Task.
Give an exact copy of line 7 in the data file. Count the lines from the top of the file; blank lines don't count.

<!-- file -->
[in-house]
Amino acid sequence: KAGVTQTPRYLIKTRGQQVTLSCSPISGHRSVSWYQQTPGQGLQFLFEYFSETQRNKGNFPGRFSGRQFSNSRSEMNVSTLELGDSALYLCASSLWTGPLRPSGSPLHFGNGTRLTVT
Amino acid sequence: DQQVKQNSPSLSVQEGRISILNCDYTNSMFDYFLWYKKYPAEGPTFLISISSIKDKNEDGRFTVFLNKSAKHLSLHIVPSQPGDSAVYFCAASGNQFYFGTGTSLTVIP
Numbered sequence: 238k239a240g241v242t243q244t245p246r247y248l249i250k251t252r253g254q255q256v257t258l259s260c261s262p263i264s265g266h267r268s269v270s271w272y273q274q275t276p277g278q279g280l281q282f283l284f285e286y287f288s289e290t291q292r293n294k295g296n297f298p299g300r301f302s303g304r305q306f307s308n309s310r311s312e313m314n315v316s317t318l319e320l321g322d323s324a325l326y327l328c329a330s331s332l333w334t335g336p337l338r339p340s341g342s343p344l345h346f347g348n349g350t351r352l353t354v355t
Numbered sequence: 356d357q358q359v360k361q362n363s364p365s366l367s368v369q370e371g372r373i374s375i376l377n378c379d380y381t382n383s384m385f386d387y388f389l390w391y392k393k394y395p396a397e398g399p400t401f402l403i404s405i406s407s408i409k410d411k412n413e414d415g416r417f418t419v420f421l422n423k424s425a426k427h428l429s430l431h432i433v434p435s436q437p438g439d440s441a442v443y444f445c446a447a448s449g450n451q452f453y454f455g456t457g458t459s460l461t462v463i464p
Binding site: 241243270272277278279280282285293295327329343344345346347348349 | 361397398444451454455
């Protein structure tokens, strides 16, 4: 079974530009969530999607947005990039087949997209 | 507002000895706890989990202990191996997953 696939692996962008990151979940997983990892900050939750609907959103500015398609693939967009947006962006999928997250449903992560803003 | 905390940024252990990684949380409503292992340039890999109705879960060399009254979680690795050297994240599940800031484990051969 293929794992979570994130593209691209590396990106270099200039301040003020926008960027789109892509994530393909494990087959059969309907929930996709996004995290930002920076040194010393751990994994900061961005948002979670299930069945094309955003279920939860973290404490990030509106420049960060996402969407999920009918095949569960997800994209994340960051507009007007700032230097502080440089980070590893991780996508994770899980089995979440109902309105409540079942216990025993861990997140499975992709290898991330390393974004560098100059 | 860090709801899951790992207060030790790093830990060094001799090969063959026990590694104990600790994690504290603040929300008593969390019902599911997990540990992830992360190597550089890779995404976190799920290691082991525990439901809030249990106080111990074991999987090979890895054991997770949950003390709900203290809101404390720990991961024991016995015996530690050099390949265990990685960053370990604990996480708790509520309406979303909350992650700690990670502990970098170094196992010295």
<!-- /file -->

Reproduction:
């Protein structure tokens, strides 16, 4: 079974530009969530999607947005990039087949997209 | 507002000895706890989990202990191996997953 696939692996962008990151979940997983990892900050939750609907959103500015398609693939967009947006962006999928997250449903992560803003 | 905390940024252990990684949380409503292992340039890999109705879960060399009254979680690795050297994240599940800031484990051969 293929794992979570994130593209691209590396990106270099200039301040003020926008960027789109892509994530393909494990087959059969309907929930996709996004995290930002920076040194010393751990994994900061961005948002979670299930069945094309955003279920939860973290404490990030509106420049960060996402969407999920009918095949569960997800994209994340960051507009007007700032230097502080440089980070590893991780996508994770899980089995979440109902309105409540079942216990025993861990997140499975992709290898991330390393974004560098100059 | 860090709801899951790992207060030790790093830990060094001799090969063959026990590694104990600790994690504290603040929300008593969390019902599911997990540990992830992360190597550089890779995404976190799920290691082991525990439901809030249990106080111990074991999987090979890895054991997770949950003390709900203290809101404390720990991961024991016995015996530690050099390949265990990685960053370990604990996480708790509520309406979303909350992650700690990670502990970098170094196992010295």